Steven Butala:
“I agree to buy your property. You agree to sell it to me for 12,000 bucks.”

Jill DeWit:
Sign it. Date it.

Steven Butala:
And that’s it.

Jill DeWit:
Scan it, “Here you go.” We need to do this, by the way.

Steven Butala:
The question is this … May I?

Jill DeWit:
We need to do that. I need to prove this to somebody, by the way. I’m going to do one on a cocktail napkin and just prove people that’s acceptable.

Steven Butala:
Let’s just take it down a couple notches. Do you need a purchase agreement to open escrow?

Jill DeWit:
Technically, no.

Steven Butala:
No. Most escrow agents will do a … What you need to do is call them and say, “Hey, John, and here’s his number. He’s going to sell me his property for 12 grand. Would you mind doing a purchase agreement?” “Oh, sure. I’m happy to do one. It’s going to cost a couple hundred bucks. We have a template one we use.” So do you need a purchase agreement at all? No. Do you need the stupid one that the state uses? No. Can you use the one that you actually send to people in our mailer? Yeah. That’s what we always do.

Jill DeWit:
The one-page one that you made. Yep.

Steven Butala:
That’s the answer to the question.

Jill DeWit:
That’s really it. That’s totally fine. I was going to take it a step further because everybody thinks that, “This 14-page purchase agreement is going to protect me. Hey, you signed. You change your mind, but you signed.” At the end of the day, it’s going to come down to … Even my one-page purchase agreement. Could I go try to sue somebody over that? It doesn’t matter if it’s a one-page agreement or a 14-page purchase agreement, I can hire an attorney and go after someone and try to sue them. But am I going to do that? No.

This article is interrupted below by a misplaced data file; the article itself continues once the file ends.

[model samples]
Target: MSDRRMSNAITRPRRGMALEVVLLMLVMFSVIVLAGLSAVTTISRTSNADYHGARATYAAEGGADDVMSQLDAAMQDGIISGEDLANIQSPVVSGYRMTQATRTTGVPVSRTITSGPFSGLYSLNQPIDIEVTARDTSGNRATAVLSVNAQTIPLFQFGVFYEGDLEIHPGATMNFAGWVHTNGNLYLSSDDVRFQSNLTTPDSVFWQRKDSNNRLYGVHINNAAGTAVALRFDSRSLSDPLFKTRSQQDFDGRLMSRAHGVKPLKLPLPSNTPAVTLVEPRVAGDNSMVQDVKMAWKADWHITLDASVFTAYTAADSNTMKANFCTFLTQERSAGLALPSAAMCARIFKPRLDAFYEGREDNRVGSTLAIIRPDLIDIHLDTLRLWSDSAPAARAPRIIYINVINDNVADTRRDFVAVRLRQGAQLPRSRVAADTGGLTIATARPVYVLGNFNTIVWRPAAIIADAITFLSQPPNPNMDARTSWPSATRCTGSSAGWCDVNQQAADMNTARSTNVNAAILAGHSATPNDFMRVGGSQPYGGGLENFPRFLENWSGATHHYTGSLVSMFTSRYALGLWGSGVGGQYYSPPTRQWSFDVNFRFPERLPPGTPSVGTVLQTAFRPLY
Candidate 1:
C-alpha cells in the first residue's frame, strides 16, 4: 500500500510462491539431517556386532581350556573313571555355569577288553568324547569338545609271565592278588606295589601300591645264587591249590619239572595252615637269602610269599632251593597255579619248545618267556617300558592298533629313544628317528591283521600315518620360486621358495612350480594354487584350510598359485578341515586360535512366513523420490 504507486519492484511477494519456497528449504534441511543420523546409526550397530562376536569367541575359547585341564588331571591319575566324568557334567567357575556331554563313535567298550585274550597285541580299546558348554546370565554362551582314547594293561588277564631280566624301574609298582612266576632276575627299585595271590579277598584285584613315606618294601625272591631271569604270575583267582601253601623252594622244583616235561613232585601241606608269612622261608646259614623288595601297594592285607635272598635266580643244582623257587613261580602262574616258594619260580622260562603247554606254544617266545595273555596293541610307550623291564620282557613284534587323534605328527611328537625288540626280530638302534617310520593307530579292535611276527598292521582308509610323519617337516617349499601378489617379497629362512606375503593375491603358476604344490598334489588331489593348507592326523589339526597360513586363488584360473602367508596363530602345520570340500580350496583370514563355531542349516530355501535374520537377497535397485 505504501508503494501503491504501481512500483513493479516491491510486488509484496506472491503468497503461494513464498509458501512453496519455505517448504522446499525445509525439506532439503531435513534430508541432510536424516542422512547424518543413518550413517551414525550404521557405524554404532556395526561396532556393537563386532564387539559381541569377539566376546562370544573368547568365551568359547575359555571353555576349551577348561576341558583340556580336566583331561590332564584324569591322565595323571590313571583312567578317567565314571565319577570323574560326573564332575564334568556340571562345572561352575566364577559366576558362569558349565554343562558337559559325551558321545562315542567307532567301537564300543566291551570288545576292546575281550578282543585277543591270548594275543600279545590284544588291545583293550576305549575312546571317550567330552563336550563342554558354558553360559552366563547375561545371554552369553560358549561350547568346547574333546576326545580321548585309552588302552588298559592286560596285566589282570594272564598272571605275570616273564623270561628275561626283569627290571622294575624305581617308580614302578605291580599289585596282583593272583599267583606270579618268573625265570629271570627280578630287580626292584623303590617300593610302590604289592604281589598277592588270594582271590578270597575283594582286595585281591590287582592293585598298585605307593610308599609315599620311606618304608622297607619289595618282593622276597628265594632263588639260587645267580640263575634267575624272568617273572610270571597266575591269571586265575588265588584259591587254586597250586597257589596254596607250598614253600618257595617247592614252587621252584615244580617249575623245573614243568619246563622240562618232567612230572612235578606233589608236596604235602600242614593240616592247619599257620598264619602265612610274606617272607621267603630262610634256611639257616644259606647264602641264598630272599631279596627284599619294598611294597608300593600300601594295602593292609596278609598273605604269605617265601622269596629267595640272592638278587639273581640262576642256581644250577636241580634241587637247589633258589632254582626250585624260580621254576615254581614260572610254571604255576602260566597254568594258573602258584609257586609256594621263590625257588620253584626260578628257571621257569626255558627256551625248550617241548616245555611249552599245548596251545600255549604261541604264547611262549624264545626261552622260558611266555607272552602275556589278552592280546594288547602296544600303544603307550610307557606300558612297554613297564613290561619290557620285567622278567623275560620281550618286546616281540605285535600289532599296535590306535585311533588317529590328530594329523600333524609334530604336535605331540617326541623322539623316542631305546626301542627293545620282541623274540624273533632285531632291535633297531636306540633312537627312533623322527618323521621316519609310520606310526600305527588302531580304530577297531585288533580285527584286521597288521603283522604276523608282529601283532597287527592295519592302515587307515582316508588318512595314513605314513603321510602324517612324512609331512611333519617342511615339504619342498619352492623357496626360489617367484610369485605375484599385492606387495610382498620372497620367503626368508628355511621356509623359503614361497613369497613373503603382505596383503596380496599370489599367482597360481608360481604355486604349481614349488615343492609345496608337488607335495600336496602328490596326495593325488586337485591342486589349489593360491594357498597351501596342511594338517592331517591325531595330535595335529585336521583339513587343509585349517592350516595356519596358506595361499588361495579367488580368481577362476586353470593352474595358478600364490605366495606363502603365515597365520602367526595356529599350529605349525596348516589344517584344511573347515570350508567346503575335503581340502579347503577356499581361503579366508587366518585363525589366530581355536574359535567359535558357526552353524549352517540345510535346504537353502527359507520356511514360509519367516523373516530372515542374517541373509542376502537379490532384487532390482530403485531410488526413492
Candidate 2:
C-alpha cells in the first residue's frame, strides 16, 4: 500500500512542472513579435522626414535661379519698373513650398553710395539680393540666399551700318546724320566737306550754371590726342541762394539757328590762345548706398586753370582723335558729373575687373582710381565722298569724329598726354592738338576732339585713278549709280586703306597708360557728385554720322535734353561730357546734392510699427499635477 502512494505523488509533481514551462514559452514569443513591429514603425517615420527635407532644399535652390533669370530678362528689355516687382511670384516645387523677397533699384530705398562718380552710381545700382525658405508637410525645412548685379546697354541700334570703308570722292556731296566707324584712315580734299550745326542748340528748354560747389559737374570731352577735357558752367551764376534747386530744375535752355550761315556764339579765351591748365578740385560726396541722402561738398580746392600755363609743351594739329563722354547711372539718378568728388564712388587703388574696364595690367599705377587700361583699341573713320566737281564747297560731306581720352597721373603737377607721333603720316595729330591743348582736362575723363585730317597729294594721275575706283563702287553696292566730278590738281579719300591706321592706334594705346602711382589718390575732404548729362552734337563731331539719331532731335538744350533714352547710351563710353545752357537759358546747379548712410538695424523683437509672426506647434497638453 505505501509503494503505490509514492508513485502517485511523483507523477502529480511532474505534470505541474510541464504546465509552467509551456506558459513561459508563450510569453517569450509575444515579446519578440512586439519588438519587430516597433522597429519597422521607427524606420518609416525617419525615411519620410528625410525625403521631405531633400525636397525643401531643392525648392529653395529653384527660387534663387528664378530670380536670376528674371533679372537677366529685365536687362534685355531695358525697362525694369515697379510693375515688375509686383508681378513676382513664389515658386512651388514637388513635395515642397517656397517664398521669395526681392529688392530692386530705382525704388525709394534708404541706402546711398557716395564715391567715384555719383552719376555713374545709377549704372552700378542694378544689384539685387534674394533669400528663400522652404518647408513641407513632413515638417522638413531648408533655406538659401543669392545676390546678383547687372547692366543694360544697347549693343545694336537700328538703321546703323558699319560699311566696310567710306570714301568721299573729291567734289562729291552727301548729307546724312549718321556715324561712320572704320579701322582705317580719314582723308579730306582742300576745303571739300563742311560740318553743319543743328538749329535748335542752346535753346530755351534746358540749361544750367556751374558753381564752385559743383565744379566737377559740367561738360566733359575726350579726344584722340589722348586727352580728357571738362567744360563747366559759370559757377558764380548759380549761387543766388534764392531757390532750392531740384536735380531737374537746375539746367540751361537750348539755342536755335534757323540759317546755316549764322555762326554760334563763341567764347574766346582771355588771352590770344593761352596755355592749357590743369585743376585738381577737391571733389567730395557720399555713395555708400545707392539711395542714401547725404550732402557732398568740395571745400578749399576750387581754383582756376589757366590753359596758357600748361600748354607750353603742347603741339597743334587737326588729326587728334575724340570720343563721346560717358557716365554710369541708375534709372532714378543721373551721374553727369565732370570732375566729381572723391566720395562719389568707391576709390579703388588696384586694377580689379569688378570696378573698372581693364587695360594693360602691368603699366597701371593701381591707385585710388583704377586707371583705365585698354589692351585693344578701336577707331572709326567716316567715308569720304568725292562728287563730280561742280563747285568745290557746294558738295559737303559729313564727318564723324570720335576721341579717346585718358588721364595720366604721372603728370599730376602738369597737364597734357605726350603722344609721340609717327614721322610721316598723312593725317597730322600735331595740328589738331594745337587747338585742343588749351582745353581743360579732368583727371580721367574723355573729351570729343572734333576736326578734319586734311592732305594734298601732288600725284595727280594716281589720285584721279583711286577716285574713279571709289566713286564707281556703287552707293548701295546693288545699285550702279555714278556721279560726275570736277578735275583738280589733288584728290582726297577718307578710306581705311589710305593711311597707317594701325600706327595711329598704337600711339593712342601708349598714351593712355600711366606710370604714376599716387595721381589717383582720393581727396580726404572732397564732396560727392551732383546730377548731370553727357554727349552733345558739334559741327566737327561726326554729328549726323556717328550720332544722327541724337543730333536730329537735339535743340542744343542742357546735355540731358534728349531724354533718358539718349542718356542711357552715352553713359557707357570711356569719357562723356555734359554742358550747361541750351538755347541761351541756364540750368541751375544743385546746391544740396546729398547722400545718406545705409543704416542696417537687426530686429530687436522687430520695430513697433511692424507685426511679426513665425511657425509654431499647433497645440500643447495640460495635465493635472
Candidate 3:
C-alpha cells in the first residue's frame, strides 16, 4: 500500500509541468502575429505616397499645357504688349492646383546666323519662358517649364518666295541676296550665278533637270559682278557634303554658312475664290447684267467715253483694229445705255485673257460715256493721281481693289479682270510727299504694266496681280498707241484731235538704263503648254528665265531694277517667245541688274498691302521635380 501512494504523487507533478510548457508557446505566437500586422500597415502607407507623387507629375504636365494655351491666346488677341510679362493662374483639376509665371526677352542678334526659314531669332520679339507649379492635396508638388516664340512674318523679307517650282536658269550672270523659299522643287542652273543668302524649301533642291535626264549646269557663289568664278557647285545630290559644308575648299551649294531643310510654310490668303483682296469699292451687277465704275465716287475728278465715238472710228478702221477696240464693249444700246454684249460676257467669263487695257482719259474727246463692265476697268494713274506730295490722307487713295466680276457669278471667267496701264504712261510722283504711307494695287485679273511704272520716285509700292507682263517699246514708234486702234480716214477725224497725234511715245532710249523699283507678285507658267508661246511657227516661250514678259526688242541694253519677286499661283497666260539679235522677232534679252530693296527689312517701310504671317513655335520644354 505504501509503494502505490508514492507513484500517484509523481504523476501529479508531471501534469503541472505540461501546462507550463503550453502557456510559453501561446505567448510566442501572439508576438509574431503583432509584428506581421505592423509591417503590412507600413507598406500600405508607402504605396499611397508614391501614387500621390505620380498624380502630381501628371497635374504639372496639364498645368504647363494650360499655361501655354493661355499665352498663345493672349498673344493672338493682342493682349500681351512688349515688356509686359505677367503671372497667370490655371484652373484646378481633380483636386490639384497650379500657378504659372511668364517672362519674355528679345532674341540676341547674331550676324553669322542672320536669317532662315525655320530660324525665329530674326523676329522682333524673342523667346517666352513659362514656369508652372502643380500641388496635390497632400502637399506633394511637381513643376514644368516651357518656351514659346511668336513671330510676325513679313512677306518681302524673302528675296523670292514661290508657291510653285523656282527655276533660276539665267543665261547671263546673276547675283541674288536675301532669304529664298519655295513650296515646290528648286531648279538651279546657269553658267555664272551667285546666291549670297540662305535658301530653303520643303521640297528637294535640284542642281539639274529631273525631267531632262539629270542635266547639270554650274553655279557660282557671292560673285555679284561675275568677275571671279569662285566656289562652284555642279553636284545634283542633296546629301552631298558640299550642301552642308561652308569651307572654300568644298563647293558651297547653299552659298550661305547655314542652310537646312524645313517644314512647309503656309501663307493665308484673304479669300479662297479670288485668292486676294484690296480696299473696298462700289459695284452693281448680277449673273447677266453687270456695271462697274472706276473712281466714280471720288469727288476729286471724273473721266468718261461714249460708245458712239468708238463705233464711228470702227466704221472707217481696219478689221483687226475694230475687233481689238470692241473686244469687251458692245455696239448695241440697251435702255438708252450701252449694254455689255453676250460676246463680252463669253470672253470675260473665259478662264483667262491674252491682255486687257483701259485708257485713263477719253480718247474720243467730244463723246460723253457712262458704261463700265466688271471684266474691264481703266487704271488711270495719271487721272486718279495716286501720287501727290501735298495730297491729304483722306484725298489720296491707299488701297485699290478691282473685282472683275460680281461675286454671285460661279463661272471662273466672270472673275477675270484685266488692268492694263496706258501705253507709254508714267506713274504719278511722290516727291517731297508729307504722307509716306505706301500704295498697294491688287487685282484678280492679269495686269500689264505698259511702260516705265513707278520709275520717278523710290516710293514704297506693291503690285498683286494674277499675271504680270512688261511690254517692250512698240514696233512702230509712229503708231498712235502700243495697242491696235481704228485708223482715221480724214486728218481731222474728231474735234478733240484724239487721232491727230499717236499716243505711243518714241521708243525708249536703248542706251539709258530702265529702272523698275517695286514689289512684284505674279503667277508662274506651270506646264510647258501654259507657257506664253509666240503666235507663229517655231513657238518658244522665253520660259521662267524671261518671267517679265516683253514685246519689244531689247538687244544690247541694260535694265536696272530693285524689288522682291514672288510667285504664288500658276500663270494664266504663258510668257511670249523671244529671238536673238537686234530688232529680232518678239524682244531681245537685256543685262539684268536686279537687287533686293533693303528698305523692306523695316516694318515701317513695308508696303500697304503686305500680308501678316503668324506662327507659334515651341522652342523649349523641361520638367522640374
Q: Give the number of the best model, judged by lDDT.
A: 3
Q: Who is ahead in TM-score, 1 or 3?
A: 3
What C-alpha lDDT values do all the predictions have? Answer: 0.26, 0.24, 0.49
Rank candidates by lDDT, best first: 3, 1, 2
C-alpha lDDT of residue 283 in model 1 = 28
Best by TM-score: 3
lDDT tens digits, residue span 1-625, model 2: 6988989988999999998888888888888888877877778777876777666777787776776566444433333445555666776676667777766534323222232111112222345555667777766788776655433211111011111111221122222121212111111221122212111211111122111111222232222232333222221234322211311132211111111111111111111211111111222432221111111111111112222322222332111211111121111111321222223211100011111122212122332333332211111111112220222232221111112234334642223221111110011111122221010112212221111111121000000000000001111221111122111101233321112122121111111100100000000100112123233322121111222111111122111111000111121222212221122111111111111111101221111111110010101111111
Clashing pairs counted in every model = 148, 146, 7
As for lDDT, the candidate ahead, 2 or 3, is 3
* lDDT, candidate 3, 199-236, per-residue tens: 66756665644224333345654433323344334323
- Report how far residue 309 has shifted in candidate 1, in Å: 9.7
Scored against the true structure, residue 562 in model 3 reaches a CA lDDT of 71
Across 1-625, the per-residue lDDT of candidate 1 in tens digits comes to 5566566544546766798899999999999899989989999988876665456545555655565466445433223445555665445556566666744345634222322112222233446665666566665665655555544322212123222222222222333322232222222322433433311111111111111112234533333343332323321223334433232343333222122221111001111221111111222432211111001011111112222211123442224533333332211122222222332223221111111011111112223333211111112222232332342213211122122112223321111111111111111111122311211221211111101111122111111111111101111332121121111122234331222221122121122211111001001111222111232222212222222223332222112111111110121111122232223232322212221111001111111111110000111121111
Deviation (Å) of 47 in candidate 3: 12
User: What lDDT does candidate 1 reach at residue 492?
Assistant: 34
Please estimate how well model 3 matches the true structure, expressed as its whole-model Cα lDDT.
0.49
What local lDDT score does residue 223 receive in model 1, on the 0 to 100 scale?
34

Steven Butala:
Are bigger, longer legal contracts better or worse for anything?

Jill DeWit:
Worse.

Steven Butala:
Of course, they’re worse. A tremendous number of people in this planet believe that they’re better.

Jill DeWit:
Mm-hmm (affirmative).

Steven Butala:
They believe that complicated stuff is better, and that they’re more protected, and that’s very, very telling. The vast majority of the people that are in our group believe what we believe, that smaller agreements are easier, less lawyers are better. I can protect myself.

Jill DeWit:
Mm-hmm (affirmative).

Steven Butala:
It’s a sign of the times.

Jill DeWit:
I mean, at the end of the day, my whole point, too, is, Jeff, don’t make work hard for yourself. Be prepared that sometimes things don’t go the way you want. There’s going to be a time in your career, more than once, that someone’s, at the last minute, going to back out of the deal. It’s just going to happen. Are you going to spend your time and energy chasing them and getting mad at them?